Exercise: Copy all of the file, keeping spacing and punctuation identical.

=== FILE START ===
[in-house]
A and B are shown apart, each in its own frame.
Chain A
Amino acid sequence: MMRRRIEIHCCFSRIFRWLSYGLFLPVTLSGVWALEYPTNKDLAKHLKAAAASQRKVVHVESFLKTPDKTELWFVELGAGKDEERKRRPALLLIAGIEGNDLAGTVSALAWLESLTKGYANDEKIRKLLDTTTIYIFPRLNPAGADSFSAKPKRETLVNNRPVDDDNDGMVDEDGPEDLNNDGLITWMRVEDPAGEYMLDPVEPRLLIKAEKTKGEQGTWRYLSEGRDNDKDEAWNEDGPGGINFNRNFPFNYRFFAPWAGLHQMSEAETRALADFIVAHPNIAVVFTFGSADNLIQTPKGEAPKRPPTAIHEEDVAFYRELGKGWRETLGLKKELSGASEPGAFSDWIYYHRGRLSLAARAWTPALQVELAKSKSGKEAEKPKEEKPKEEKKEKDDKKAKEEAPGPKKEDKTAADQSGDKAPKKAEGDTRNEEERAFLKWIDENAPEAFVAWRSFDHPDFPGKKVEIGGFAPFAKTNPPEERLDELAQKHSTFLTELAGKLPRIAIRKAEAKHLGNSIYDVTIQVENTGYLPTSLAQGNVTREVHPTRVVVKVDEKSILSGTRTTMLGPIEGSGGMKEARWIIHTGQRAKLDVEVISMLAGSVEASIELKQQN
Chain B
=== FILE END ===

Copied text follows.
[in-house]
A and B are shown apart, each in its own frame.
Chain A
Amino acid sequence: MMRRRIEIHCCFSRIFRWLSYGLFLPVTLSGVWALEYPTNKDLAKHLKAAAASQRKVVHVESFLKTPDKTELWFVELGAGKDEERKRRPALLLIAGIEGNDLAGTVSALAWLESLTKGYANDEKIRKLLDTTTIYIFPRLNPAGADSFSAKPKRETLVNNRPVDDDNDGMVDEDGPEDLNNDGLITWMRVEDPAGEYMLDPVEPRLLIKAEKTKGEQGTWRYLSEGRDNDKDEAWNEDGPGGINFNRNFPFNYRFFAPWAGLHQMSEAETRALADFIVAHPNIAVVFTFGSADNLIQTPKGEAPKRPPTAIHEEDVAFYRELGKGWRETLGLKKELSGASEPGAFSDWIYYHRGRLSLAARAWTPALQVELAKSKSGKEAEKPKEEKPKEEKKEKDDKKAKEEAPGPKKEDKTAADQSGDKAPKKAEGDTRNEEERAFLKWIDENAPEAFVAWRSFDHPDFPGKKVEIGGFAPFAKTNPPEERLDELAQKHSTFLTELAGKLPRIAIRKAEAKHLGNSIYDVTIQVENTGYLPTSLAQGNVTREVHPTRVVVKVDEKSILSGTRTTMLGPIEGSGGMKEARWIIHTGQRAKLDVEVISMLAGSVEASIELKQQN
Chain B